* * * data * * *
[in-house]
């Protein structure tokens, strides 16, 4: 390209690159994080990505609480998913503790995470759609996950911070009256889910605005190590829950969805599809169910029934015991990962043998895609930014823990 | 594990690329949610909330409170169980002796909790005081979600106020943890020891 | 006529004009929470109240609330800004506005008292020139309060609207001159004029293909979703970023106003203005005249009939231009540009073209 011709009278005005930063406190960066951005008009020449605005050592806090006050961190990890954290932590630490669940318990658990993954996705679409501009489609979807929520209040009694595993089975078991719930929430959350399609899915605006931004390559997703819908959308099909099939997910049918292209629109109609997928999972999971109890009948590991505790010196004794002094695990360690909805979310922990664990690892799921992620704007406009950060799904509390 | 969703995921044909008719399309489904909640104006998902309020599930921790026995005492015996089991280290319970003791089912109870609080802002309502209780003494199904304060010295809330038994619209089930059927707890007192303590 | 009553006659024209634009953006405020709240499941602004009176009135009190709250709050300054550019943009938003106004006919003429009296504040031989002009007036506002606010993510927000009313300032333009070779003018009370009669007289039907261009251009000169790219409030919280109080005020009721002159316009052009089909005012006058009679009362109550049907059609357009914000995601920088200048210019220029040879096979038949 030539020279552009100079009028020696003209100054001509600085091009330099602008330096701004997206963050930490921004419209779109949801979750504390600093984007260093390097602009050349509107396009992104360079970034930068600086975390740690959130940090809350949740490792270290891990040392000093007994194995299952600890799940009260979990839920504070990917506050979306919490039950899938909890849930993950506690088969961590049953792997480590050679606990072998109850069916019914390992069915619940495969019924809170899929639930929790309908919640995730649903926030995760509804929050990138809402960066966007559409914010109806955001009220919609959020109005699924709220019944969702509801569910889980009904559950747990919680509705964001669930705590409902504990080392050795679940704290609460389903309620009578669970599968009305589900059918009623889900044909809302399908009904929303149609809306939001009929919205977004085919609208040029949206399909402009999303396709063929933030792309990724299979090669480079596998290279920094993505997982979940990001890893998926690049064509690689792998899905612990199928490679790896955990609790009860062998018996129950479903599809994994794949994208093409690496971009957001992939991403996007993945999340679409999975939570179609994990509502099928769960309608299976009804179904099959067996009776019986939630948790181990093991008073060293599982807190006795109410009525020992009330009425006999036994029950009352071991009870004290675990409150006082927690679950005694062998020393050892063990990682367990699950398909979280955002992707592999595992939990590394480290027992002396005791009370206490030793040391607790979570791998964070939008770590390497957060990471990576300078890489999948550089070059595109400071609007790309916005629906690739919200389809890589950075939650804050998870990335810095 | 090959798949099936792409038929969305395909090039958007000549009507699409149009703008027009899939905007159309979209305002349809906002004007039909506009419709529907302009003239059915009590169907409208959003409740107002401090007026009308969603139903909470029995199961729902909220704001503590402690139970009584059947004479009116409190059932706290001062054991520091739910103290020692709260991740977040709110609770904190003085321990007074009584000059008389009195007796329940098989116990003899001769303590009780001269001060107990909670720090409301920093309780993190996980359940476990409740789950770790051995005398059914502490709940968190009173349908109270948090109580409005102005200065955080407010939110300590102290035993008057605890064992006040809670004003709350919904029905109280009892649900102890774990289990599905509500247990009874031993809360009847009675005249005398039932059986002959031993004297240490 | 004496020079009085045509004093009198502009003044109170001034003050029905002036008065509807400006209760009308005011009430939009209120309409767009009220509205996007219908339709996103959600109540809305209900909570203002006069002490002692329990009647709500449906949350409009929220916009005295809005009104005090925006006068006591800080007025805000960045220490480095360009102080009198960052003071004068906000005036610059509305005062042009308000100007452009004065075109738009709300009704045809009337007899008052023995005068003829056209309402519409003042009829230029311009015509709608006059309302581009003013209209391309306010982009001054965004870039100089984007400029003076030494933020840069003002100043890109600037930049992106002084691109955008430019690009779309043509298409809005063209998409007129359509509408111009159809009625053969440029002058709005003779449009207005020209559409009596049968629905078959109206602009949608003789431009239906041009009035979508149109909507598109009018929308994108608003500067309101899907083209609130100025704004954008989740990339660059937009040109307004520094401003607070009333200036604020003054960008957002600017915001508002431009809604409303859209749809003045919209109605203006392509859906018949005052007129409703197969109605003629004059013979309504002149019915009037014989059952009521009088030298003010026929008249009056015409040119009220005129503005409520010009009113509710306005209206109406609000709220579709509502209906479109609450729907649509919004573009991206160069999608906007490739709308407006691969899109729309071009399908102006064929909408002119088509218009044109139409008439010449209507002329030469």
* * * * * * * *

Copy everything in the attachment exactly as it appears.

[in-house]
């Protein structure tokens, strides 16, 4: 390209690159994080990505609480998913503790995470759609996950911070009256889910605005190590829950969805599809169910029934015991990962043998895609930014823990 | 594990690329949610909330409170169980002796909790005081979600106020943890020891 | 006529004009929470109240609330800004506005008292020139309060609207001159004029293909979703970023106003203005005249009939231009540009073209 011709009278005005930063406190960066951005008009020449605005050592806090006050961190990890954290932590630490669940318990658990993954996705679409501009489609979807929520209040009694595993089975078991719930929430959350399609899915605006931004390559997703819908959308099909099939997910049918292209629109109609997928999972999971109890009948590991505790010196004794002094695990360690909805979310922990664990690892799921992620704007406009950060799904509390 | 969703995921044909008719399309489904909640104006998902309020599930921790026995005492015996089991280290319970003791089912109870609080802002309502209780003494199904304060010295809330038994619209089930059927707890007192303590 | 009553006659024209634009953006405020709240499941602004009176009135009190709250709050300054550019943009938003106004006919003429009296504040031989002009007036506002606010993510927000009313300032333009070779003018009370009669007289039907261009251009000169790219409030919280109080005020009721002159316009052009089909005012006058009679009362109550049907059609357009914000995601920088200048210019220029040879096979038949 030539020279552009100079009028020696003209100054001509600085091009330099602008330096701004997206963050930490921004419209779109949801979750504390600093984007260093390097602009050349509107396009992104360079970034930068600086975390740690959130940090809350949740490792270290891990040392000093007994194995299952600890799940009260979990839920504070990917506050979306919490039950899938909890849930993950506690088969961590049953792997480590050679606990072998109850069916019914390992069915619940495969019924809170899929639930929790309908919640995730649903926030995760509804929050990138809402960066966007559409914010109806955001009220919609959020109005699924709220019944969702509801569910889980009904559950747990919680509705964001669930705590409902504990080392050795679940704290609460389903309620009578669970599968009305589900059918009623889900044909809302399908009904929303149609809306939001009929919205977004085919609208040029949206399909402009999303396709063929933030792309990724299979090669480079596998290279920094993505997982979940990001890893998926690049064509690689792998899905612990199928490679790896955990609790009860062998018996129950479903599809994994794949994208093409690496971009957001992939991403996007993945999340679409999975939570179609994990509502099928769960309608299976009804179904099959067996009776019986939630948790181990093991008073060293599982807190006795109410009525020992009330009425006999036994029950009352071991009870004290675990409150006082927690679950005694062998020393050892063990990682367990699950398909979280955002992707592999595992939990590394480290027992002396005791009370206490030793040391607790979570791998964070939008770590390497957060990471990576300078890489999948550089070059595109400071609007790309916005629906690739919200389809890589950075939650804050998870990335810095 | 090959798949099936792409038929969305395909090039958007000549009507699409149009703008027009899939905007159309979209305002349809906002004007039909506009419709529907302009003239059915009590169907409208959003409740107002401090007026009308969603139903909470029995199961729902909220704001503590402690139970009584059947004479009116409190059932706290001062054991520091739910103290020692709260991740977040709110609770904190003085321990007074009584000059008389009195007796329940098989116990003899001769303590009780001269001060107990909670720090409301920093309780993190996980359940476990409740789950770790051995005398059914502490709940968190009173349908109270948090109580409005102005200065955080407010939110300590102290035993008057605890064992006040809670004003709350919904029905109280009892649900102890774990289990599905509500247990009874031993809360009847009675005249005398039932059986002959031993004297240490 | 004496020079009085045509004093009198502009003044109170001034003050029905002036008065509807400006209760009308005011009430939009209120309409767009009220509205996007219908339709996103959600109540809305209900909570203002006069002490002692329990009647709500449906949350409009929220916009005295809005009104005090925006006068006591800080007025805000960045220490480095360009102080009198960052003071004068906000005036610059509305005062042009308000100007452009004065075109738009709300009704045809009337007899008052023995005068003829056209309402519409003042009829230029311009015509709608006059309302581009003013209209391309306010982009001054965004870039100089984007400029003076030494933020840069003002100043890109600037930049992106002084691109955008430019690009779309043509298409809005063209998409007129359509509408111009159809009625053969440029002058709005003779449009207005020209559409009596049968629905078959109206602009949608003789431009239906041009009035979508149109909507598109009018929308994108608003500067309101899907083209609130100025704004954008989740990339660059937009040109307004520094401003607070009333200036604020003054960008957002600017915001508002431009809604409303859209749809003045919209109605203006392509859906018949005052007129409703197969109605003629004059013979309504002149019915009037014989059952009521009088030298003010026929008249009056015409040119009220005129503005409520010009009113509710306005209206109406609000709220579709509502209906479109609450729907649509919004573009991206160069999608906007490739709308407006691969899109729309071009399908102006064929909408002119088509218009044109139409008439010449209507002329030469």